FIFA World Cup 2022: Qatar prepares for the influx of fans
Doha, Qatar –
A gleaming white World Cup stadium sits large at the end of a street in the quiet suburban neighborhood of Al Thumama.
Over the course of three weeks, tens of thousands of football fans will pass by villas, mosques and tidy shops along the route to the stadium due to hosting eight matches during the tournament.
On Tuesday, the quarter is gearing up for the opening match of the World Cup on November 20: crowd control barriers on sidewalks, portable toilets next to homes and increased home security.
“We have to be careful. We have to protect our house… the whole year we left the front door open. So for a month now, okay, we’ll close it,” resident Ahmed Al Kuwari said. speak.
Qataris, once living in one of the safest states in the world, are increasingly concerned about the potential for vandalism, theft and licentious behavior as some 1.2 million tourists land in the tiny populous nation. of these 3 million people.
“Curiosity can spark and maybe people will,” said Sara Al Ansari, a Qatari lecturer whose family and friends have security cameras installed. wander into the mansion…anything can happen.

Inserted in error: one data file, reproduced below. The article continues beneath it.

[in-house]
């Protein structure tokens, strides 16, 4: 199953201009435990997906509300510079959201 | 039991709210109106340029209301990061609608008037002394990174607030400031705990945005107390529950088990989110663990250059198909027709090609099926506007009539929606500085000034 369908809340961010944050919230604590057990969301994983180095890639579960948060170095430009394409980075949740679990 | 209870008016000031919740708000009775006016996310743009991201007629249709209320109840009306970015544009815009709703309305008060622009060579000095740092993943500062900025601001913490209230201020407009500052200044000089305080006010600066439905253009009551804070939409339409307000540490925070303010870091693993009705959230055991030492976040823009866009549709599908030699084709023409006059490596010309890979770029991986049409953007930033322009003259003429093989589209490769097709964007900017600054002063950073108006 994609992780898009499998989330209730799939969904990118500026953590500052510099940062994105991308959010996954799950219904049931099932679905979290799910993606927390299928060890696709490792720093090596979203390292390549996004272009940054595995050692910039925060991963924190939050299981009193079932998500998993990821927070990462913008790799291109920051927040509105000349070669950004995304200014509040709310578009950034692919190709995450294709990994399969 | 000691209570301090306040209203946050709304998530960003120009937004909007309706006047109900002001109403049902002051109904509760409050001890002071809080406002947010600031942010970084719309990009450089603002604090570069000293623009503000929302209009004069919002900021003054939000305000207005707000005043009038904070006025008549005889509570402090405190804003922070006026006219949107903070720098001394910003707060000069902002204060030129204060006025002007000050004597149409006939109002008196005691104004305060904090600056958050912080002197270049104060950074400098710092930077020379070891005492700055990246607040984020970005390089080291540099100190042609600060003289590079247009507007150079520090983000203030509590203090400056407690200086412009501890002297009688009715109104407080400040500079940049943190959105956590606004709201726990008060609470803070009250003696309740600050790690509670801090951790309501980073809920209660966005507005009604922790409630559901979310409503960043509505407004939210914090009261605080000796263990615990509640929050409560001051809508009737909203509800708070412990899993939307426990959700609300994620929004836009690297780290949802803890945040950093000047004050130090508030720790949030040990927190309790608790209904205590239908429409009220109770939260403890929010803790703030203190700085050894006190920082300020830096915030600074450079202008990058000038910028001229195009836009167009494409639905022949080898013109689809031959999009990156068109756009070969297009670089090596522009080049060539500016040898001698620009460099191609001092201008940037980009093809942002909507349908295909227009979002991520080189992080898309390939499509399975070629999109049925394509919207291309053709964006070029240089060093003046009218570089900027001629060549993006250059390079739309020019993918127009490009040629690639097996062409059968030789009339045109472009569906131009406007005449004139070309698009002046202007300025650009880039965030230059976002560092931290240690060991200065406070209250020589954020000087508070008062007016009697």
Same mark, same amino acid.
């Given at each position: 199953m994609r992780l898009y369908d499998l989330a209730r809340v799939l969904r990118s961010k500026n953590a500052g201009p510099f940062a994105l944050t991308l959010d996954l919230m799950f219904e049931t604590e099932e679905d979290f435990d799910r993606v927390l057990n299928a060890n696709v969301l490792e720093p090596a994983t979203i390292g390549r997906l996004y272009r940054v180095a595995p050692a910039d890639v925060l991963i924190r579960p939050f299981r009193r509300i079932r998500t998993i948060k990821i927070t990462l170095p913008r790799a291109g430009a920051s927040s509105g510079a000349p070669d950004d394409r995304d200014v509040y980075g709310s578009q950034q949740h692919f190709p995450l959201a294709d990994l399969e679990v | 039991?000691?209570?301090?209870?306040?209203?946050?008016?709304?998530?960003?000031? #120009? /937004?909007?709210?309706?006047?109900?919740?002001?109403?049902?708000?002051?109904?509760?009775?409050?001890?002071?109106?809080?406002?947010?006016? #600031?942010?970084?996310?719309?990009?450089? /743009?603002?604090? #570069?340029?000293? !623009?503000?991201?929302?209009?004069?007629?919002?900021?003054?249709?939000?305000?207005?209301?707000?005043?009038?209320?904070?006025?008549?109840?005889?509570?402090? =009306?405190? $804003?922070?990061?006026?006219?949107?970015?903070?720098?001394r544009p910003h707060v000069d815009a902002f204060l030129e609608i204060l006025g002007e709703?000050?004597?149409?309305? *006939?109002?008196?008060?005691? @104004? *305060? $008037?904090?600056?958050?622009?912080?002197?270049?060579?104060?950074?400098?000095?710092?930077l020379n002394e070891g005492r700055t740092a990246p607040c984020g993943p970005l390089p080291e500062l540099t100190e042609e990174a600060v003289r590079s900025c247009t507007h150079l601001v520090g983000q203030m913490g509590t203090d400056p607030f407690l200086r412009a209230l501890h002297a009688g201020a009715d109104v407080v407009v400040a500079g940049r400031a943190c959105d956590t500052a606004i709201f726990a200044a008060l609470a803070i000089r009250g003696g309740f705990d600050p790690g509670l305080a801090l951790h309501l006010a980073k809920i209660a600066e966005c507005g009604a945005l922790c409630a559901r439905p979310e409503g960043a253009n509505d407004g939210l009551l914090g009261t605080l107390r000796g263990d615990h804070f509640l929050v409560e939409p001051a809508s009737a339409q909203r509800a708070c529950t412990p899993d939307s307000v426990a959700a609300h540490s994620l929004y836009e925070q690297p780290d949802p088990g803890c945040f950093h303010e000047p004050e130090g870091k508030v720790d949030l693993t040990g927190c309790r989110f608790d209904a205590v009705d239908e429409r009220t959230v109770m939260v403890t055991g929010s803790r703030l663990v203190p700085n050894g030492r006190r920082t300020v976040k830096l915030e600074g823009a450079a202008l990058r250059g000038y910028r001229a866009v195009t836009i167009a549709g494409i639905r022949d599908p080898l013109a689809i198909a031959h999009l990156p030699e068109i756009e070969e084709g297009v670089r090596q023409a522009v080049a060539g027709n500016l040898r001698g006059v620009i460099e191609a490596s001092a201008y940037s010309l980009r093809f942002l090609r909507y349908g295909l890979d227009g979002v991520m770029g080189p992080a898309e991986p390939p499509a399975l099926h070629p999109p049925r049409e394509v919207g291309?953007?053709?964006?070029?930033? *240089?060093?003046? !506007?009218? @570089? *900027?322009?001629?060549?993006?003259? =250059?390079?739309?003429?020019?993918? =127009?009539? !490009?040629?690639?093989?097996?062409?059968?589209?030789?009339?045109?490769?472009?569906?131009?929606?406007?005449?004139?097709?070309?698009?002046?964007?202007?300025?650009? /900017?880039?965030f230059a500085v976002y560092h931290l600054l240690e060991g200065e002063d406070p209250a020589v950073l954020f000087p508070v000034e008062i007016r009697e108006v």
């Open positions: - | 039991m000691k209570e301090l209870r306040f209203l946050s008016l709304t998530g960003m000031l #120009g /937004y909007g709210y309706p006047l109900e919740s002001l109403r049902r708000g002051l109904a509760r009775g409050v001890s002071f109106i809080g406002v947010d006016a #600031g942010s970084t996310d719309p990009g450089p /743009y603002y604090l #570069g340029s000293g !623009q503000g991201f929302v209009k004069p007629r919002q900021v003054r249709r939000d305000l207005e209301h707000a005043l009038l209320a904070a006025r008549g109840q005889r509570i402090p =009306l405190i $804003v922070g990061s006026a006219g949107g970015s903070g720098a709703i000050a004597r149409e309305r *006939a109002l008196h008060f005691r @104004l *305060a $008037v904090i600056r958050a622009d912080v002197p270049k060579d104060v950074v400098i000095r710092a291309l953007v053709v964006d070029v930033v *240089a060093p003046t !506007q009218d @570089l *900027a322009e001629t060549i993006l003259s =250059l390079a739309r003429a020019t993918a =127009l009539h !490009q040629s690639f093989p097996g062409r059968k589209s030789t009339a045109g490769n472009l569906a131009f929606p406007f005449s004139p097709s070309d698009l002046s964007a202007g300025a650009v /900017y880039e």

Other changes that were evident in the capital, Doha, on Tuesday as temporary World Cup measures went into effect included changing traffic flows in and around the city.
A major road along the coast is closed and will remain closed until the tournament ends on December 18. Workers are turning it into a 6-kilometer (3.73-mile) fan area.
Traffic will be especially important during the group stage of the event when four matches will be played each day at stadiums around Doha. Organizers, in an unprecedented promise of the World Cup, say fans can join multiple matches on the same day.
In an effort to reduce cars on the road, the government has asked 80% of its employees to start working from home as of Tuesday. Schools will reduce school hours for the next two weeks before closing the entire tournament, frustrating working parents.
“The kids will just throw a party and it will drive us crazy,” said a parenting blogger based in Qatar.
“That will certainly be a challenge, especially for families with both parents working,” the blogger added, choosing to remain anonymous to avoid any trouble when broadcasting the stories publicly. pressing.
Reporting and writing by Andrew Mills, editing by Ed Osmond